[Bildunterschrift / Subline]: Figure 2: Experimental picture taken via a stroboscopic setup from a polymer disk under rotation. In the depicted chamber, silica beads with magnetic core are mixed via two complementary processes: The disk is stopped periodically to allow a magnet to collect the beads in the upper part of the chamber. At subsequent acceleration the beads are pushed to the bottom and are thereby mixed with the liquid. The second mixing process is induced by the fast changes of the rotation frequency which add a circular liquid flow due to the euler force – gradient in radial direction.

Another example is the surface flow dependent enzymatic reaction of a substrate on a functionalized surface during an ELISA assay. An example for a dynamic unit operation exploiting the interaction of several microfluidic elements is the so called "pneumatic inward pumping" which allows to pump liquid from chambers that are located radially outward on the disk to chambers that are located radially inward [7]. With this unit operation, the centrifugal actuation force in radial direction can be used several times instead of only once by simply pumping the liquid back to the center, once a liquid has reached a radial outward chamber on its way through the different assay-reaction stages.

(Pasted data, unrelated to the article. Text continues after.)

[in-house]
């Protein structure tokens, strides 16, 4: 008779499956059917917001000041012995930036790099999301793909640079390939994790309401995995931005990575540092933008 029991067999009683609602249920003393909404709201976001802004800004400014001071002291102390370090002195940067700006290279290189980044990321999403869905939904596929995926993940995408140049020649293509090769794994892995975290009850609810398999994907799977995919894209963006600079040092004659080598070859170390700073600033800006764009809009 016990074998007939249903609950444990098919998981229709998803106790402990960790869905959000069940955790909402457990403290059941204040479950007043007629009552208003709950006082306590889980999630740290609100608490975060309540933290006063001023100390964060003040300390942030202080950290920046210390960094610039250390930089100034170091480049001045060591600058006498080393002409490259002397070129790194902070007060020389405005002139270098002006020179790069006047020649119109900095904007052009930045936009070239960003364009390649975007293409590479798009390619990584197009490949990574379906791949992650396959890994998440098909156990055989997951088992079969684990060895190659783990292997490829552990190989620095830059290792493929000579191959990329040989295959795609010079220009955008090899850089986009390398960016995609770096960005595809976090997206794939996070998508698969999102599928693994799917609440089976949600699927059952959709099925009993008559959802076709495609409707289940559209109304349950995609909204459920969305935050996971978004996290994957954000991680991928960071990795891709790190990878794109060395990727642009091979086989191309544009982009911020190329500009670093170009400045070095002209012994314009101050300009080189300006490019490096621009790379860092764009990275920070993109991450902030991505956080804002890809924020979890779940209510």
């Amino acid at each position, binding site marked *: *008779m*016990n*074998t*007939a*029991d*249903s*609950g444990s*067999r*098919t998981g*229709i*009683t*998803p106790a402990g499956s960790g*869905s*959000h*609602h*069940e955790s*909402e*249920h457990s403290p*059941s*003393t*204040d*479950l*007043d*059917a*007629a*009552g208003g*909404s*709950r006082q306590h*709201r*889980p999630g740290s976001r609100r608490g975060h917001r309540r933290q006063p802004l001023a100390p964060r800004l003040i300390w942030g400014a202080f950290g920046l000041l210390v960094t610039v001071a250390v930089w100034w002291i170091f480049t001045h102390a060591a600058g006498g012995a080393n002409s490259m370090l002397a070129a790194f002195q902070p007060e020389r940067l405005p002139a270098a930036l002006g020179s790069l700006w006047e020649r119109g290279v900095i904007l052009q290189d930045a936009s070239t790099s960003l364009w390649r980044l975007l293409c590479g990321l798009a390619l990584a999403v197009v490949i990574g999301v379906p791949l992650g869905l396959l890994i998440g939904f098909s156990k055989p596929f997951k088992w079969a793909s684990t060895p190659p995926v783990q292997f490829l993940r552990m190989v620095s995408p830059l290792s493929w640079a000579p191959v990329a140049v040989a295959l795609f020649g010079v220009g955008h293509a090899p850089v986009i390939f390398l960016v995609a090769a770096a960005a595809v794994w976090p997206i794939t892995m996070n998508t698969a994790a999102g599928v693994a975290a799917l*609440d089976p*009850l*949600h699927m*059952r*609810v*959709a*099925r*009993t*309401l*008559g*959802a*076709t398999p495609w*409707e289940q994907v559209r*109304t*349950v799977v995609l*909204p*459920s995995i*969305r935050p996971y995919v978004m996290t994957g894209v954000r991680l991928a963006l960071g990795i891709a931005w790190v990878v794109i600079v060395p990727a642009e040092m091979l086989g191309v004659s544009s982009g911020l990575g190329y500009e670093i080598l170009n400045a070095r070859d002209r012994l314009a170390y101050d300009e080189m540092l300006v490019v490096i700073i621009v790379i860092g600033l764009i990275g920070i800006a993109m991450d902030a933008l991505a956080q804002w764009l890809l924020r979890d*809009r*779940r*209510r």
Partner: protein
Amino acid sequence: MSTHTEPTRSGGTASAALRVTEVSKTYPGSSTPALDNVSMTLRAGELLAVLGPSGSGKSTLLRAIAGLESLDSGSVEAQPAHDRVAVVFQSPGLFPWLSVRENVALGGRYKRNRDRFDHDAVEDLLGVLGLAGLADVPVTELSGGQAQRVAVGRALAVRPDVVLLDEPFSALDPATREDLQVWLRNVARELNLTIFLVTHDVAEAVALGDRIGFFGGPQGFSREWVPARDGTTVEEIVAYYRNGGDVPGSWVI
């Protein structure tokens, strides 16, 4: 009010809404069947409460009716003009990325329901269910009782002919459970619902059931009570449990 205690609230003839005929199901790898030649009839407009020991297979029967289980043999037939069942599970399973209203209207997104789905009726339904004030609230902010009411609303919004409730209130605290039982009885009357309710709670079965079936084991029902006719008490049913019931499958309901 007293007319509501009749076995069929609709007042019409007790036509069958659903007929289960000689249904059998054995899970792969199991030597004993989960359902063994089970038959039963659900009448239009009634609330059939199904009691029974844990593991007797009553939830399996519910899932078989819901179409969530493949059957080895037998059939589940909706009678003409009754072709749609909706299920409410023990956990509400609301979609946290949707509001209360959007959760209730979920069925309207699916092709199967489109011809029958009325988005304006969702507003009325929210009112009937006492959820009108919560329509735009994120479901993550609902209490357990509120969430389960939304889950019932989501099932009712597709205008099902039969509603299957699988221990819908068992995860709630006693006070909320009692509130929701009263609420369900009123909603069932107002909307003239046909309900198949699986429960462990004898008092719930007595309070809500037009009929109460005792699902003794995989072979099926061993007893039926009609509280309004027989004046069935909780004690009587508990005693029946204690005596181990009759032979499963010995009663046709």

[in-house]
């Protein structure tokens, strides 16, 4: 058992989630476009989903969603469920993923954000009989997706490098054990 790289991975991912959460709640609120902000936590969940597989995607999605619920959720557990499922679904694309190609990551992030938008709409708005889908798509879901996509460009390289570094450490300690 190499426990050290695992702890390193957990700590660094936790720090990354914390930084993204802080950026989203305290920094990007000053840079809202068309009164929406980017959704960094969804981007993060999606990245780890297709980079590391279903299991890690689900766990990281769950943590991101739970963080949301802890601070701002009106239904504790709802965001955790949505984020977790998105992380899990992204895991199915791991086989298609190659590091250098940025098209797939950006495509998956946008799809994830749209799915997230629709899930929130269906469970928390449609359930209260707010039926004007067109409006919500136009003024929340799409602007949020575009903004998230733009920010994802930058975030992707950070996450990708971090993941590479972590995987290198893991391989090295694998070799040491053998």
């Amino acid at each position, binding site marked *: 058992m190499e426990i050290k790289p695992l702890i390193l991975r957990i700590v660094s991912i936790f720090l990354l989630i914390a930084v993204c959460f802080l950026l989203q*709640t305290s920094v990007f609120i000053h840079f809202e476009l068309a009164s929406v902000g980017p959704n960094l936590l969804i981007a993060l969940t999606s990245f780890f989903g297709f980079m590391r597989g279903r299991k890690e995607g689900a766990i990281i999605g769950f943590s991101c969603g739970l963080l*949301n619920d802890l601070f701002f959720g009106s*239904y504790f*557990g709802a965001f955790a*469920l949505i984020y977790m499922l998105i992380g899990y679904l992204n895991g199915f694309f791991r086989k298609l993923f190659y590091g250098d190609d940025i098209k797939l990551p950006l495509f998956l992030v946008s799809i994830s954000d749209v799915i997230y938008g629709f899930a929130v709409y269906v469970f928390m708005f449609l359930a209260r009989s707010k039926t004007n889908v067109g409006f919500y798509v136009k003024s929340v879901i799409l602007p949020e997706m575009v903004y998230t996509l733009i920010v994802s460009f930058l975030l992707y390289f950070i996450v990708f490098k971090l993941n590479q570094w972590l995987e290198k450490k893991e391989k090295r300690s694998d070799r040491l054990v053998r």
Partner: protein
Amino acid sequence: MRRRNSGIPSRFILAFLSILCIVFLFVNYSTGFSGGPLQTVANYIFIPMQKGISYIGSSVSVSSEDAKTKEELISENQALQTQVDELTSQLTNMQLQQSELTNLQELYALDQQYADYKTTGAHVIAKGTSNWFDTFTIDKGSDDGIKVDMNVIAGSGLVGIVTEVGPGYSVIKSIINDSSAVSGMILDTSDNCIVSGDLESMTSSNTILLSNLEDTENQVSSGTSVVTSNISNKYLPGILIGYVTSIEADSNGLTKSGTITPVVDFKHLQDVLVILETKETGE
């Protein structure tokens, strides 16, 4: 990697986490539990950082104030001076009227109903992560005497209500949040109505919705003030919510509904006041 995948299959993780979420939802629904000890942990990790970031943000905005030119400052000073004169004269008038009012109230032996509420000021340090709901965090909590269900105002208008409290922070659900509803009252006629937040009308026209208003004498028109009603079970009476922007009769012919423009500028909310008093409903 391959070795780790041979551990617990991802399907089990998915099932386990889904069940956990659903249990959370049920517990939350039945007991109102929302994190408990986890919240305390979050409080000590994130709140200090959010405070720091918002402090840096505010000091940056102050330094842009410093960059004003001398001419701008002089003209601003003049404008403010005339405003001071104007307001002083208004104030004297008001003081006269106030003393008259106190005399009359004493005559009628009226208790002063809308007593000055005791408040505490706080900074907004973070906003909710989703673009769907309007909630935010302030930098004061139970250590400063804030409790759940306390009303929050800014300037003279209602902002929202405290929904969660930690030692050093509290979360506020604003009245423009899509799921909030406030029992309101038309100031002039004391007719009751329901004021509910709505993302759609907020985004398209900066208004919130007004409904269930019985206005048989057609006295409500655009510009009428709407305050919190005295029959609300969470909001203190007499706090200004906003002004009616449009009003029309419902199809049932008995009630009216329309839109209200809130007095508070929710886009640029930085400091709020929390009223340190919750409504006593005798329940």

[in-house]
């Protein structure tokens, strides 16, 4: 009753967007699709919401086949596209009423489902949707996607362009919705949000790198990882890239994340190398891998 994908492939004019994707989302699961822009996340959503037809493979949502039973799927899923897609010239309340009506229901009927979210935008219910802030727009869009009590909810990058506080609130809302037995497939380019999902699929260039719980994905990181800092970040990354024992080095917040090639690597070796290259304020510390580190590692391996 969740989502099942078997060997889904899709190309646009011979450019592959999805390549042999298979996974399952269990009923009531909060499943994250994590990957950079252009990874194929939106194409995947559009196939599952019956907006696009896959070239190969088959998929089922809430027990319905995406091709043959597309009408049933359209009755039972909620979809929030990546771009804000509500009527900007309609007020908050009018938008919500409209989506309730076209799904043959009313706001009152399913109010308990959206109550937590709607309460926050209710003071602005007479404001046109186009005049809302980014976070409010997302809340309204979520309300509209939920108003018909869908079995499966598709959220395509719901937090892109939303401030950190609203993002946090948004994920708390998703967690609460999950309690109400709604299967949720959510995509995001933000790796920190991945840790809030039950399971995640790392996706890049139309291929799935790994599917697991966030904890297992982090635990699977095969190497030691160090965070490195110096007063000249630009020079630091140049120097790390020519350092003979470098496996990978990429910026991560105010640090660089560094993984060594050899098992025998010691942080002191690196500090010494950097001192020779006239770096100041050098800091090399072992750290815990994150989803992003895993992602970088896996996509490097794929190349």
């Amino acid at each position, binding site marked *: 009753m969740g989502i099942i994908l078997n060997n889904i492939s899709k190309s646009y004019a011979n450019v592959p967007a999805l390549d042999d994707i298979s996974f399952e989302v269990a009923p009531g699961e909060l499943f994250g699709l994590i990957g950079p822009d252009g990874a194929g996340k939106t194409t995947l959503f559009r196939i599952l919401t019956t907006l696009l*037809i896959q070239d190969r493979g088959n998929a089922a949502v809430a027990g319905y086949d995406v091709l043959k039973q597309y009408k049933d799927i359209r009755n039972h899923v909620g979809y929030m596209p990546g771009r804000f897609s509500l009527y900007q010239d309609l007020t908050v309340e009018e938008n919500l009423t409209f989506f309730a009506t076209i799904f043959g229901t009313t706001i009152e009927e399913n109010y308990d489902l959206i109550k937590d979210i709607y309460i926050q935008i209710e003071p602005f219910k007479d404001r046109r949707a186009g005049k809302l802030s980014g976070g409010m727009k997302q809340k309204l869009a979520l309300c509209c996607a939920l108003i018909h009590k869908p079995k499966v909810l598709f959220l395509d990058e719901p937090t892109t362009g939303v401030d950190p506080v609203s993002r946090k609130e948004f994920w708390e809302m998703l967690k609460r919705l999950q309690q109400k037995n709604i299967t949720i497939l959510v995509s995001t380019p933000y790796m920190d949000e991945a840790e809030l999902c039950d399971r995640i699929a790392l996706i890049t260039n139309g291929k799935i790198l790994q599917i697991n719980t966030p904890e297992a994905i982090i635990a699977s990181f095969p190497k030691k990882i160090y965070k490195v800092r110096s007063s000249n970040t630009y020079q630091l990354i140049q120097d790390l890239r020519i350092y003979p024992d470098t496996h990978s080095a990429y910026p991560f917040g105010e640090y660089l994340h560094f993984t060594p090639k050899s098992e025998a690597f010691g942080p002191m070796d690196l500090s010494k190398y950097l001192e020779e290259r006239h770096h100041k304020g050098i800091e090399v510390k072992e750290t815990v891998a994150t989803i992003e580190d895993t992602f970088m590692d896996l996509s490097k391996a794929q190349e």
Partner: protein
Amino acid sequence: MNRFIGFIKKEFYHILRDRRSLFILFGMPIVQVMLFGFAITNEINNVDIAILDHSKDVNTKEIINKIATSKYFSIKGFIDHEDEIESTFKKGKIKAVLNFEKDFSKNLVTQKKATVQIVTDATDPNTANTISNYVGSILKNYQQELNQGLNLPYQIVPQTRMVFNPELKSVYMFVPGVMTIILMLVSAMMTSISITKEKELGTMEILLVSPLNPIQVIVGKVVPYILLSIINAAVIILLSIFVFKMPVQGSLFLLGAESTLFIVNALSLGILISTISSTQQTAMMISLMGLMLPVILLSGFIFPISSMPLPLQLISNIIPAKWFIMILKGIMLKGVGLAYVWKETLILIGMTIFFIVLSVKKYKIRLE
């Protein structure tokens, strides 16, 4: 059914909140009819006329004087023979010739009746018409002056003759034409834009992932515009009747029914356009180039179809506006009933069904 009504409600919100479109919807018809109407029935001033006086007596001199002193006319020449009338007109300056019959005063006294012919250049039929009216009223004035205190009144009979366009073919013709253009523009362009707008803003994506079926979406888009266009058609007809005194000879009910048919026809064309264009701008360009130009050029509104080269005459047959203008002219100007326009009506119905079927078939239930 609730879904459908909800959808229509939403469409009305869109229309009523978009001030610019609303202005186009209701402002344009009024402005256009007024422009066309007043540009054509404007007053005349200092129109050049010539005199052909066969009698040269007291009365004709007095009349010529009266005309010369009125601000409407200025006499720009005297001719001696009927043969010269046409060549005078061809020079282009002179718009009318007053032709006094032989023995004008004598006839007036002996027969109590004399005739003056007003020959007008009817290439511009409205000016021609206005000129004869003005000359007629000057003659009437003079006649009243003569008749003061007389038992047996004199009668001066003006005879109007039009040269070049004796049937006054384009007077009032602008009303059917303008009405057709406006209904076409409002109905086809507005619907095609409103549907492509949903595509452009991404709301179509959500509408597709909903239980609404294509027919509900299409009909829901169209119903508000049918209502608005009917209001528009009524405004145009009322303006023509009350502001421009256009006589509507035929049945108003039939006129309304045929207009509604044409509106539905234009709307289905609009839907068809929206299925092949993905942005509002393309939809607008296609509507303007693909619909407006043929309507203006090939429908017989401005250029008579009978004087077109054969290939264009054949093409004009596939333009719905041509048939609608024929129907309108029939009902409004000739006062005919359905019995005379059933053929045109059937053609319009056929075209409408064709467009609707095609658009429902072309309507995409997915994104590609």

The goal of this thesis is to increase the spectrum of tools for the fast simulation based design of highly integrated LOAC systems. With more and more unit operations available and precise lumped network models, this goal comes into reach. 

Reference List

[1] Mark, D., Haeberle, S., Roth, G., von Stetten, F., and Zengerle, R., Microfluidic Lab-on-a-Chip Platforms: Requirements, Characteristics and Applications,pp. 1153-1182,2010